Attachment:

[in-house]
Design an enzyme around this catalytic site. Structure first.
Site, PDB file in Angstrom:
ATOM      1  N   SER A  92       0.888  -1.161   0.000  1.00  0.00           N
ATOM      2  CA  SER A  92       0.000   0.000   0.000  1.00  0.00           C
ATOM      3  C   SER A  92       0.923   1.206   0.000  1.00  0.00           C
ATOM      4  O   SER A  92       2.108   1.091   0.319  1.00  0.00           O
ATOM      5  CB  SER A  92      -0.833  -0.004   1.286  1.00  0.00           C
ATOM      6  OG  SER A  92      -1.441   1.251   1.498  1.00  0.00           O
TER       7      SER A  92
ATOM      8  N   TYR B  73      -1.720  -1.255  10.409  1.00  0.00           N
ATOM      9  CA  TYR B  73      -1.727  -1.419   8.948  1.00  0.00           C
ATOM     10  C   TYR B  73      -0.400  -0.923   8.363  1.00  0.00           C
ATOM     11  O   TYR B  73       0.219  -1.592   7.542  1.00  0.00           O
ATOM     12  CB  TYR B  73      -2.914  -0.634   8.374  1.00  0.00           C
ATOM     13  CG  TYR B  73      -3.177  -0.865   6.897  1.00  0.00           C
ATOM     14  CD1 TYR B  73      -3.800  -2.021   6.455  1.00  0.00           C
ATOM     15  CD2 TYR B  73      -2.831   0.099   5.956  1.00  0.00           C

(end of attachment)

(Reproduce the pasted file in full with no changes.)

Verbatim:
[in-house]
Design an enzyme around this catalytic site. Structure first.
Site, PDB file in Angstrom:
ATOM      1  N   SER A  92       0.888  -1.161   0.000  1.00  0.00           N
ATOM      2  CA  SER A  92       0.000   0.000   0.000  1.00  0.00           C
ATOM      3  C   SER A  92       0.923   1.206   0.000  1.00  0.00           C
ATOM      4  O   SER A  92       2.108   1.091   0.319  1.00  0.00           O
ATOM      5  CB  SER A  92      -0.833  -0.004   1.286  1.00  0.00           C
ATOM      6  OG  SER A  92      -1.441   1.251   1.498  1.00  0.00           O
TER       7      SER A  92
ATOM      8  N   TYR B  73      -1.720  -1.255  10.409  1.00  0.00           N
ATOM      9  CA  TYR B  73      -1.727  -1.419   8.948  1.00  0.00           C
ATOM     10  C   TYR B  73      -0.400  -0.923   8.363  1.00  0.00           C
ATOM     11  O   TYR B  73       0.219  -1.592   7.542  1.00  0.00           O
ATOM     12  CB  TYR B  73      -2.914  -0.634   8.374  1.00  0.00           C
ATOM     13  CG  TYR B  73      -3.177  -0.865   6.897  1.00  0.00           C
ATOM     14  CD1 TYR B  73      -3.800  -2.021   6.455  1.00  0.00           C
ATOM     15  CD2 TYR B  73      -2.831   0.099   5.956  1.00  0.00           C